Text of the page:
The broccoli and cauliflower season was delayed in Murcia due to the heat and hail storms in some of the higher growing areas. Now the volumes have gone back to normal, but the demand has soared in Europe and it is difficult to find any supply outside of already established programs.
"The demand for brassicas and cabbages is 25-30% higher than expected across Europe," said Nacho Domenech, CEO of Murcia-based Agromark. "It is worth recalling that around 30% less cauliflower has been planted in Murcia this year, so there are shortages and prices are very high."
"As for broccoli, although the supply is very tight, we remain self-sufficient and we are managing to meet our commitments with the distribution chains, although prices are much higher than last year's," he said.
According to the producer and exporter, "at this time, those wanting to stock up will have to pay some high prices, both because of a limited production and increased costs. It is impossible to acquire products and use them for promotions. Given the water shortage, the production available is just enough to meet the programs of the usual customers and there is hardly anything available on the free market."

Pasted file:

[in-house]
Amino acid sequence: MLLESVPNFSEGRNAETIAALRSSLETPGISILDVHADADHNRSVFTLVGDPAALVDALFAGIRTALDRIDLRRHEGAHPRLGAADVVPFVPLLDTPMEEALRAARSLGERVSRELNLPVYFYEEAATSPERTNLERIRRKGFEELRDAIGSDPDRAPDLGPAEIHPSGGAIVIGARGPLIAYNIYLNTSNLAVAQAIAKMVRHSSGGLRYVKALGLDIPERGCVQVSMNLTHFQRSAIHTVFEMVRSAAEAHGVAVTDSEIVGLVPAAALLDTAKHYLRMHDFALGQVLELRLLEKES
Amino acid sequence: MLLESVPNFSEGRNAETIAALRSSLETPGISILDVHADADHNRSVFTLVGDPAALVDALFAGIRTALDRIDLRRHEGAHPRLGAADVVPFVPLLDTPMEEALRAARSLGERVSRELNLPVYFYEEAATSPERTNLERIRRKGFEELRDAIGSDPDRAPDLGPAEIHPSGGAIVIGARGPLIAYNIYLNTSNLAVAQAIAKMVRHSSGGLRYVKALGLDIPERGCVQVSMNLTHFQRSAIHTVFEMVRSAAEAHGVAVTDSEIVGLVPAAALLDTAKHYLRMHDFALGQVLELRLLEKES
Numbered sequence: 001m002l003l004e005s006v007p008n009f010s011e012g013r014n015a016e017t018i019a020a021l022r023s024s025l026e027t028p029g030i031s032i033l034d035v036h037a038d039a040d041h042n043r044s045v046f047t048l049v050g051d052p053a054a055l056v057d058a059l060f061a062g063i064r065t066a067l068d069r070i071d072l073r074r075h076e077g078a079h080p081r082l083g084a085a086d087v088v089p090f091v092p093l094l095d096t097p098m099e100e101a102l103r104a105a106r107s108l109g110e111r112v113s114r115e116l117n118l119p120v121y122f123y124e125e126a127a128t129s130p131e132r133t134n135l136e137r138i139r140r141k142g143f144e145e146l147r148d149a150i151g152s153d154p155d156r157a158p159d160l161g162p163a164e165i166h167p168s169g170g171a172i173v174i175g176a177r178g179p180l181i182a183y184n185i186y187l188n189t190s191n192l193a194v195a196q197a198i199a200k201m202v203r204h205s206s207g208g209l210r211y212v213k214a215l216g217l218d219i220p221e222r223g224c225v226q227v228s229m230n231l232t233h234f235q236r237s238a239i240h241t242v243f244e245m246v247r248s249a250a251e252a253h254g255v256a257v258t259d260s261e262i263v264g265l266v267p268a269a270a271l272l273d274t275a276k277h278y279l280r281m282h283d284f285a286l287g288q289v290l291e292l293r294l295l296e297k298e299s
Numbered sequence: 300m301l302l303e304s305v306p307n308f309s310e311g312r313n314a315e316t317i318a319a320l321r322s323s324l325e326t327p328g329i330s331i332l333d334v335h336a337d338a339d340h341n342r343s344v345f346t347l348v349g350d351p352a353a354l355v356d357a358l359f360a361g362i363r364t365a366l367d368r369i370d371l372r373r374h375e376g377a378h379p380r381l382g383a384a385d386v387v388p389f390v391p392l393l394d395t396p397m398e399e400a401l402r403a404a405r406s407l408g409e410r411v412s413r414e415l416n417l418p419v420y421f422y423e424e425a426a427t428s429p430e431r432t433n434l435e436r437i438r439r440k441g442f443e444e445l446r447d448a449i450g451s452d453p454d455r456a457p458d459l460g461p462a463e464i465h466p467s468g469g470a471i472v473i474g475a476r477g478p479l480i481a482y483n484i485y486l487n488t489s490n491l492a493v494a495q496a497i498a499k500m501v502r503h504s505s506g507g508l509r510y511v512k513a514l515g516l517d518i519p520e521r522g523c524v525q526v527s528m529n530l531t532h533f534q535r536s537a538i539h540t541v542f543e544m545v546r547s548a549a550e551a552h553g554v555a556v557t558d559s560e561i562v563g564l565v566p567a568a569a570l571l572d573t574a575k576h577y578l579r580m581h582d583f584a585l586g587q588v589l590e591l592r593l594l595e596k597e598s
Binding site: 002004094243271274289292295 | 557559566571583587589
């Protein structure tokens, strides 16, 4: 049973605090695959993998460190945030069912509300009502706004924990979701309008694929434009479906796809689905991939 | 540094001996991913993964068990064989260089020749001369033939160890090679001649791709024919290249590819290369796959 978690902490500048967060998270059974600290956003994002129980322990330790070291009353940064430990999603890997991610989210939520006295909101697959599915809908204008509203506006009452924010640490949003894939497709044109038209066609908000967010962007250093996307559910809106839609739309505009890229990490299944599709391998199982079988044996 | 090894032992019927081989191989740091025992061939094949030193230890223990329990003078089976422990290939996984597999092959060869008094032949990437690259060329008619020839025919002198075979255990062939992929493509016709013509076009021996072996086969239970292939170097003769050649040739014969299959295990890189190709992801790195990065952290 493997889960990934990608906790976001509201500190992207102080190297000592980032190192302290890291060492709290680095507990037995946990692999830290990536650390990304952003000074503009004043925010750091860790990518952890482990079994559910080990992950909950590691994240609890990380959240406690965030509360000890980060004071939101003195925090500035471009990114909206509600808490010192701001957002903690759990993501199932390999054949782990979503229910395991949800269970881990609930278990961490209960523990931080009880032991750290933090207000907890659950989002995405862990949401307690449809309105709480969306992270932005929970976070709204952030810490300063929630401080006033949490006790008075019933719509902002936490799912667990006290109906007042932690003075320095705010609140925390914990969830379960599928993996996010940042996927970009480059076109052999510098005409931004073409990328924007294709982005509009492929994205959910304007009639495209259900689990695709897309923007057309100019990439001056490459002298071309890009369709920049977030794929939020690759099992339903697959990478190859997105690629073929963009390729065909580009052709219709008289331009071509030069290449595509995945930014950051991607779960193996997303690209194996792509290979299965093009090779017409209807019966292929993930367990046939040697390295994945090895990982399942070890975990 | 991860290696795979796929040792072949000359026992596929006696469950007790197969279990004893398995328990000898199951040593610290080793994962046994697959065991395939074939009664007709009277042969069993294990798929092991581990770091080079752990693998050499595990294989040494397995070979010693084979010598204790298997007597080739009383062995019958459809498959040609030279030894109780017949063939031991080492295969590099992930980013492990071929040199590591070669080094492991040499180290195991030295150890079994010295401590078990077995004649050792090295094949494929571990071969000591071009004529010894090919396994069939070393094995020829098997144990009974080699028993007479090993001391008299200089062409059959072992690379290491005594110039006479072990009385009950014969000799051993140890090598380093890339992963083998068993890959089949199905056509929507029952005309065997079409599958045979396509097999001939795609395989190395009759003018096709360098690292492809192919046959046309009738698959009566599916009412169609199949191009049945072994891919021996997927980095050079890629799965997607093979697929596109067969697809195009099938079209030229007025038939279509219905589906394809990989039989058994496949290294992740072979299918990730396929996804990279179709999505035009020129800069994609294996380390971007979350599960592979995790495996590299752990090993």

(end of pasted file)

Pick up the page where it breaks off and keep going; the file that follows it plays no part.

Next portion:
"Although we still need rain, the upside is that the dry weather prevents the spreads of pests and diseases, so the quality of both cauliflower and broccoli is really good," said Nacho Domenech.
The drought and the restrictions in the supply of irrigation water in Murcia have caused a reduction of the acreage of products with high water requirements, such as artichokes, and their prices are skyrocketing.
"Further water restrictions are expected from January onwards. In fact, many areas are already dealing with such limitations, as is the case of Lorca. If we do not have more water from January, there will be product shortages and prices will be very high. It is impossible to replace Murcia when it comes to the cultivation of brassicas during the winter in Europe."